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presently

[prez-uhnt-lee]
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adverb
  1. in a little while; soon: They will be here presently.
  2. at the present time; now: He is presently out of the country.
  3. Archaic. immediately.
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Origin of presently

Middle English word dating back to 1350–1400; see origin at present1, -ly
Can be confusedcurrently immediately momentarily now presently soon (see synonym study at immediately) (see usage note at the current entry)

Synonyms

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Antonyms

1. later.

Usage note

The two apparently contradictory meanings of presently, “in a little while, soon” and “at the present time, now,” are both old in the language. In the latter meaning presently dates back to the 15th century. It is currently in standard use in all varieties of speech and writing in both Great Britain and the United States. The sense “soon” arose gradually during the 16th century. Strangely, it is the older sense “now” that is sometimes objected to by usage guides. The two senses are rarely if ever confused in actual practice. Presently meaning “now” is most often used with the present tense ( The professor is presently on sabbatical leave ) and presently meaning “soon” often with the future tense ( The supervisor will be back presently ). The semantic development of presently parallels that of anon, which first had the meaning, now archaic, of “at once, immediately,” but later came to mean “soon.”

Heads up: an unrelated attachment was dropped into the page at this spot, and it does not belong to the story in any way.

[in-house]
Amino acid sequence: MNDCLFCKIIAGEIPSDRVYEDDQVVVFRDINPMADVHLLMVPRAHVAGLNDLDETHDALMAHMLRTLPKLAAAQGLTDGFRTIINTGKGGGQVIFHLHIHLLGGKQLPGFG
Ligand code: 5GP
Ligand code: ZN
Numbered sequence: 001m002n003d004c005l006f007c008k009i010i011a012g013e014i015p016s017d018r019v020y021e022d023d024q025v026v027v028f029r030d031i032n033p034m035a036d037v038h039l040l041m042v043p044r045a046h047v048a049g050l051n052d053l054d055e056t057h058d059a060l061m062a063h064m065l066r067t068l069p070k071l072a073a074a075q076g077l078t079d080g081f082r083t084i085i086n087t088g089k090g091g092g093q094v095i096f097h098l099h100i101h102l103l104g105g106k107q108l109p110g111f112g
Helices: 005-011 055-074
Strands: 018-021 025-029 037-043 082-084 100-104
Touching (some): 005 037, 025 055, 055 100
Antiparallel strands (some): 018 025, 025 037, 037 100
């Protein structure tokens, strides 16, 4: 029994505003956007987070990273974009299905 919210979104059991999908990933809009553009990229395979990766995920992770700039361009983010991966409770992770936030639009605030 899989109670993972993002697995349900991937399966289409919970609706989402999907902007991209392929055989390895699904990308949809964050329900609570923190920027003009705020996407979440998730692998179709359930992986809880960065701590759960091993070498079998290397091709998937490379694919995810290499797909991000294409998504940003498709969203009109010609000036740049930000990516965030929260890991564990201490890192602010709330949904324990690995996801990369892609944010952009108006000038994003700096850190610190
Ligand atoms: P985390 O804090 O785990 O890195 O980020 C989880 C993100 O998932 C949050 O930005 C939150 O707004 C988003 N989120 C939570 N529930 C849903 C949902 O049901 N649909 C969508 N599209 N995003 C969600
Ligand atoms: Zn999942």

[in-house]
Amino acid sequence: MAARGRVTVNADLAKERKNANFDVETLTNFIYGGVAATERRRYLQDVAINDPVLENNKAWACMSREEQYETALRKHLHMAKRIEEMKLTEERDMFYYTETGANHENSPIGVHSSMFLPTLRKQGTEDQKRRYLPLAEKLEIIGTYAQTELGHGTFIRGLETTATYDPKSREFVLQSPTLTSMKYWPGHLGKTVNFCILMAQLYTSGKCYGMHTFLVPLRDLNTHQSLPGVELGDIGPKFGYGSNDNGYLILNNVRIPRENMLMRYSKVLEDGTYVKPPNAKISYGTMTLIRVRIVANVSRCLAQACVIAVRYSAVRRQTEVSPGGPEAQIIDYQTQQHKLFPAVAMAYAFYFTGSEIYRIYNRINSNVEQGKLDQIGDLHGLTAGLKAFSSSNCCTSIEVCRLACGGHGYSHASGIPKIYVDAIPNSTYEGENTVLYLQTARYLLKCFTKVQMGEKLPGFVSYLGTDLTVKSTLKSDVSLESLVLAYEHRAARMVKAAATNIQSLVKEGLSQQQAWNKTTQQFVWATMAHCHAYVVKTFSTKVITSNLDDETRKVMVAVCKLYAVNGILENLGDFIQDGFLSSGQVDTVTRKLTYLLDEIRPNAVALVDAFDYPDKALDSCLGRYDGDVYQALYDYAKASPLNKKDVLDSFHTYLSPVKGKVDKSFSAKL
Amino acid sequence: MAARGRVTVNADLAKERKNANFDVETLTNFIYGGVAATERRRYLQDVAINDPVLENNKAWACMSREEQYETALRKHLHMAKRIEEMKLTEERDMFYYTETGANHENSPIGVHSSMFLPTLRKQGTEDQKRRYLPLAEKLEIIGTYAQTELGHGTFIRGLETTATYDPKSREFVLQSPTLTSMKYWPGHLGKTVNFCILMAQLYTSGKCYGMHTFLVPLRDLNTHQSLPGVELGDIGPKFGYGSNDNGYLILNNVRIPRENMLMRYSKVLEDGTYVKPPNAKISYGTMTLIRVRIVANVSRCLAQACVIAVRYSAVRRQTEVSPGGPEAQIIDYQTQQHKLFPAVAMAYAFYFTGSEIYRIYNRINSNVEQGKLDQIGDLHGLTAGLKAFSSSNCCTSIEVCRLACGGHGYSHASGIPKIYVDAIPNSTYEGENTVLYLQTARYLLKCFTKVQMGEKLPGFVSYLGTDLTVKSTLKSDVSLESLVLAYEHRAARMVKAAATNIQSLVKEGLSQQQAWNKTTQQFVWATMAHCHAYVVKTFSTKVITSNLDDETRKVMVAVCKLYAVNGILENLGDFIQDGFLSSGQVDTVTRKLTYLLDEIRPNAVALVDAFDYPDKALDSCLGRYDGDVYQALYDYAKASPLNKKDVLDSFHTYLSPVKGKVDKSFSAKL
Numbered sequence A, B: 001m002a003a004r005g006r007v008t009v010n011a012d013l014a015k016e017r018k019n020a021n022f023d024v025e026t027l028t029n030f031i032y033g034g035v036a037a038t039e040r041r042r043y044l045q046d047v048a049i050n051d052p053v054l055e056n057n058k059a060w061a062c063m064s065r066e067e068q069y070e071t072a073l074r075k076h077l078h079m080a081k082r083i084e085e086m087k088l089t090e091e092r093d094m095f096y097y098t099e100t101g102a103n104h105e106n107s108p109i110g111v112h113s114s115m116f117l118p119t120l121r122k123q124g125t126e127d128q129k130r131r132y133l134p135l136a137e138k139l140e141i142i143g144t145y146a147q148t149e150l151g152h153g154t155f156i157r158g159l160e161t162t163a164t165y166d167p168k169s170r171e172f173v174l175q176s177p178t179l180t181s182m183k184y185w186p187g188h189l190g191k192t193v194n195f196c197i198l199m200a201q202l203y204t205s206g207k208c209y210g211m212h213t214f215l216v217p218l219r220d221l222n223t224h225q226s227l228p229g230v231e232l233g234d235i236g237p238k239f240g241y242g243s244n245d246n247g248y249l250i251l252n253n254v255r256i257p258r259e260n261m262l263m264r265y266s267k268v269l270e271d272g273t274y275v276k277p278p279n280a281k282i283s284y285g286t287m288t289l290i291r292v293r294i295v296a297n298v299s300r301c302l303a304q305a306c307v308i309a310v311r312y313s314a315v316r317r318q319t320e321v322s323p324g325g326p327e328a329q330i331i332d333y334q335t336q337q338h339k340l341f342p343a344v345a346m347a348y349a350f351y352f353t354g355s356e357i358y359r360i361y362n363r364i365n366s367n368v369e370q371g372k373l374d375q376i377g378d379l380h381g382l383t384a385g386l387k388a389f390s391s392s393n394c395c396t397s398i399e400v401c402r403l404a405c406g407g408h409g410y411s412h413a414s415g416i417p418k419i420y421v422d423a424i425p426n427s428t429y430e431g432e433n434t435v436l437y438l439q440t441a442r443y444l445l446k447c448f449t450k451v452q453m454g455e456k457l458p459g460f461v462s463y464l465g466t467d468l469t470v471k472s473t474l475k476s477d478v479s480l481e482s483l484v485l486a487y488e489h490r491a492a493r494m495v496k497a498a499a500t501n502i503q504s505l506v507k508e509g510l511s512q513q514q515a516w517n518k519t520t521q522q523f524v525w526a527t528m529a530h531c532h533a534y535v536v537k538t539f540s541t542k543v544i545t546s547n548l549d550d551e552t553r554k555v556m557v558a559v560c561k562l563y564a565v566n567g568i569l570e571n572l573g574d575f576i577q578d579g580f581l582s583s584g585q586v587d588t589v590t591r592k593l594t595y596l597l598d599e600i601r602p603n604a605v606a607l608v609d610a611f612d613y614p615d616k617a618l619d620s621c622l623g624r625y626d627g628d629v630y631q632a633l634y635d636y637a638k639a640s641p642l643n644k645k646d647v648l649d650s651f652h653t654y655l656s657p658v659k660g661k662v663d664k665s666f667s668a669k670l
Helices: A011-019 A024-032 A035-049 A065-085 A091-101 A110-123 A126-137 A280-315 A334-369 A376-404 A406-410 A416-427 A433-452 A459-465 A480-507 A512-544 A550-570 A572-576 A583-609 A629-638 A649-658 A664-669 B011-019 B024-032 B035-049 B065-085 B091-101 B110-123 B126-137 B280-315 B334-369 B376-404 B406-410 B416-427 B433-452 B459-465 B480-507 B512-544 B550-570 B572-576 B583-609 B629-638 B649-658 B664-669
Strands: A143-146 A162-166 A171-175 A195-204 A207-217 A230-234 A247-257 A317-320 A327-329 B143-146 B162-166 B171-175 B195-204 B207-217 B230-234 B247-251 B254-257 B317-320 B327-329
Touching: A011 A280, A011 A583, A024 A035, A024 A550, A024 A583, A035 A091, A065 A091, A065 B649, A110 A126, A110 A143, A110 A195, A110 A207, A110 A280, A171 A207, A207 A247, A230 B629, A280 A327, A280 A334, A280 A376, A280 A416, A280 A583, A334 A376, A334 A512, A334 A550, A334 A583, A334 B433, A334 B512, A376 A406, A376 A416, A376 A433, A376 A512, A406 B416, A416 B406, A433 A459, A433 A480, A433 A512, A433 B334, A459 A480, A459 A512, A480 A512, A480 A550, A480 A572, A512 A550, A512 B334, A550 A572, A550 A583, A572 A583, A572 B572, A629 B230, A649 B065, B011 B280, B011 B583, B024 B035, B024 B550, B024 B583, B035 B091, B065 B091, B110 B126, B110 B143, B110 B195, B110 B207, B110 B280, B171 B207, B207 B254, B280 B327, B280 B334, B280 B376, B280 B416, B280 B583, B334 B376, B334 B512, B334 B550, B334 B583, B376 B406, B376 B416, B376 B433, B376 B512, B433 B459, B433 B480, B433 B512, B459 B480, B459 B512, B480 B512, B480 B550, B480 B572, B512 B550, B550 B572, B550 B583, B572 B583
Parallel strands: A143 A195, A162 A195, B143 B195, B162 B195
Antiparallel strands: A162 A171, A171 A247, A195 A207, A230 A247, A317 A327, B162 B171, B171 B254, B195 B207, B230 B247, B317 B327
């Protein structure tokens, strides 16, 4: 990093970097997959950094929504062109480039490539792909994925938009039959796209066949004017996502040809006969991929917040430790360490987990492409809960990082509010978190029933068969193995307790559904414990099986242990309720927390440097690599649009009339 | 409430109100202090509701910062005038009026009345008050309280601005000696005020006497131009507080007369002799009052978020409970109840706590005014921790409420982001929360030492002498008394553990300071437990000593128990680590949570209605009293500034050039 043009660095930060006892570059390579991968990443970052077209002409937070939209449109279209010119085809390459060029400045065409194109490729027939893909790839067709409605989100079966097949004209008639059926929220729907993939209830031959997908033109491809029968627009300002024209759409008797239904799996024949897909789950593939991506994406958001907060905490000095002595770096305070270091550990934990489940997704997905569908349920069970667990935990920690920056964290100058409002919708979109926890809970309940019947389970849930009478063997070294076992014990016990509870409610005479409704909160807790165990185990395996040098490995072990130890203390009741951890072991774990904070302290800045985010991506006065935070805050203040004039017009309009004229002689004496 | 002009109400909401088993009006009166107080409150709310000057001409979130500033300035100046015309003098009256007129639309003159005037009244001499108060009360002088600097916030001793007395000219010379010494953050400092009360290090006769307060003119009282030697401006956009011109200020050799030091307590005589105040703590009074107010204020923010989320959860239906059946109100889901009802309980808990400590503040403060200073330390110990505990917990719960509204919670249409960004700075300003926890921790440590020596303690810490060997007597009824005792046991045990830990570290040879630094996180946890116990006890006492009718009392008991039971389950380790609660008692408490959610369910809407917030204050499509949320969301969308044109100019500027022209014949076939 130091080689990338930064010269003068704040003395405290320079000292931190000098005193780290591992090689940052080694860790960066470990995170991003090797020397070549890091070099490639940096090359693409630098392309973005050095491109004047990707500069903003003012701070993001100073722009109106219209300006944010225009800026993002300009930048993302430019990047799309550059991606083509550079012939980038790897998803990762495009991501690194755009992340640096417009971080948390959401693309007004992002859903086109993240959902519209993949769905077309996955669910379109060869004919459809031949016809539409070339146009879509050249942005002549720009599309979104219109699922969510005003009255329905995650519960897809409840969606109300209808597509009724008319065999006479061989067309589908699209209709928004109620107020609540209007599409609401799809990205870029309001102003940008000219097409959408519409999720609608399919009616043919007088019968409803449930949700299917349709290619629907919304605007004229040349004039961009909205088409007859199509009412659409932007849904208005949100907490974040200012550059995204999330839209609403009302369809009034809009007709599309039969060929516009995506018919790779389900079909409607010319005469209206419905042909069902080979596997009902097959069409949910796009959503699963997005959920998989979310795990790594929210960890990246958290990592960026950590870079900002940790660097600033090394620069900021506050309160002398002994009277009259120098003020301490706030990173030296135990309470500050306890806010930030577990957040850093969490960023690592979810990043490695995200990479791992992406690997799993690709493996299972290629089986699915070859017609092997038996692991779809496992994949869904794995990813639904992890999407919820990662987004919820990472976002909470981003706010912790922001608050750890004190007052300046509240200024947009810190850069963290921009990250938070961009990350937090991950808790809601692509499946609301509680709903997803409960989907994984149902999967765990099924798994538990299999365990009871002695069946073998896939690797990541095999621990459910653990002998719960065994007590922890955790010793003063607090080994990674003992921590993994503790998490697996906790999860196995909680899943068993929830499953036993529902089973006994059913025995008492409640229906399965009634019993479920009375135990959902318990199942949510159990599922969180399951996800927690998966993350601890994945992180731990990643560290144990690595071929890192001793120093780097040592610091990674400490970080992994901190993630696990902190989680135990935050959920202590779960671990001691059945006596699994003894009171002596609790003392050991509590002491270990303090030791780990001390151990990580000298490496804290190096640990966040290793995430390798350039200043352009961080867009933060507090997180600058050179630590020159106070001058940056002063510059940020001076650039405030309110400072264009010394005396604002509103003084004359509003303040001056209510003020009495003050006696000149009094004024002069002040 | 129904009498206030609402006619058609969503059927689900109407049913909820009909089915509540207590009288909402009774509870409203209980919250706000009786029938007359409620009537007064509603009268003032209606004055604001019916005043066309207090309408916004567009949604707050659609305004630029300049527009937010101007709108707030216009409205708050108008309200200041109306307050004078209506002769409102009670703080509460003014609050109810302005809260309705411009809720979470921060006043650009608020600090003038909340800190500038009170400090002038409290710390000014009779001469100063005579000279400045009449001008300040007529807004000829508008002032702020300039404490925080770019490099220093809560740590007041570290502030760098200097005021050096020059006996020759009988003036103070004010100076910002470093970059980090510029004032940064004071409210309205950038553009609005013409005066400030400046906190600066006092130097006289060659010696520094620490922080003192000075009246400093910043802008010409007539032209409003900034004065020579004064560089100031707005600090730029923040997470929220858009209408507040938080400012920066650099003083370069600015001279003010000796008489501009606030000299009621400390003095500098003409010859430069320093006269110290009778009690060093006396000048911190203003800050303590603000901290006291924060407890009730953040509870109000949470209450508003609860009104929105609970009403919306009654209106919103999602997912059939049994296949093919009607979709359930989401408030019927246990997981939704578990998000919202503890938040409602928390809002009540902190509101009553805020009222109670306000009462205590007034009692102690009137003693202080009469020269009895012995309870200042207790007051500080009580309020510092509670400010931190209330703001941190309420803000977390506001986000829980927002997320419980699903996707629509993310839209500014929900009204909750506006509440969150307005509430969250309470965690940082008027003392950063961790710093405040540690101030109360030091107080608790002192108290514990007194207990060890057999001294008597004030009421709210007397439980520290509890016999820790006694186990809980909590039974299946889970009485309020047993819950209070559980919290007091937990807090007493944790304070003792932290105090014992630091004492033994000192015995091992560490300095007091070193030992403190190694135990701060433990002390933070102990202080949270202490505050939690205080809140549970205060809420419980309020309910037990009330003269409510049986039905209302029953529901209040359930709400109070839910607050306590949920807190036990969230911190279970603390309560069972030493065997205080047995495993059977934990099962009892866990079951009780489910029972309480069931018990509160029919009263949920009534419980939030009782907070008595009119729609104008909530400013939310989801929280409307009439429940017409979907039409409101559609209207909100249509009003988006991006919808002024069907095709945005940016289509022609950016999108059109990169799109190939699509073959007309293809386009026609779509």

Dictionary.com Unabridged Based on the Random House Unabridged Dictionary, © Random House, Inc. 2018

Related Words

immediatelysoonshortlyanondirectlynownowadaystoday

Examples from the Web for presently

Contemporary Examples

Historical Examples

  • Take it at once, and tell her I shall be up to see her presently.

    The Spenders

    Harry Leon Wilson

  • She withdrew, and presently came back with a note which she despatched to Mauburn.

    The Spenders

    Harry Leon Wilson

  • Presently Percival found himself again at the bottom of the shaft.

    The Spenders

    Harry Leon Wilson

  • Presently he was lifted and carried by strong arms up a creaking stairs.

  • Presently she raised her eyes and saw him leaning out of the window.

    Viviette

    William J. Locke


British Dictionary definitions for presently

presently

adverb
  1. in a short while; soon
  2. at the moment
  3. an archaic word for immediately
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Collins English Dictionary - Complete & Unabridged 2012 Digital Edition © William Collins Sons & Co. Ltd. 1979, 1986 © HarperCollins Publishers 1998, 2000, 2003, 2005, 2006, 2007, 2009, 2012

Word Origin and History for presently

adv.

late 14c., "immediately, at this time," from present (adj.) + -ly (2). By 1560s it had relaxed into "sooner or later."

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Online Etymology Dictionary, © 2010 Douglas Harper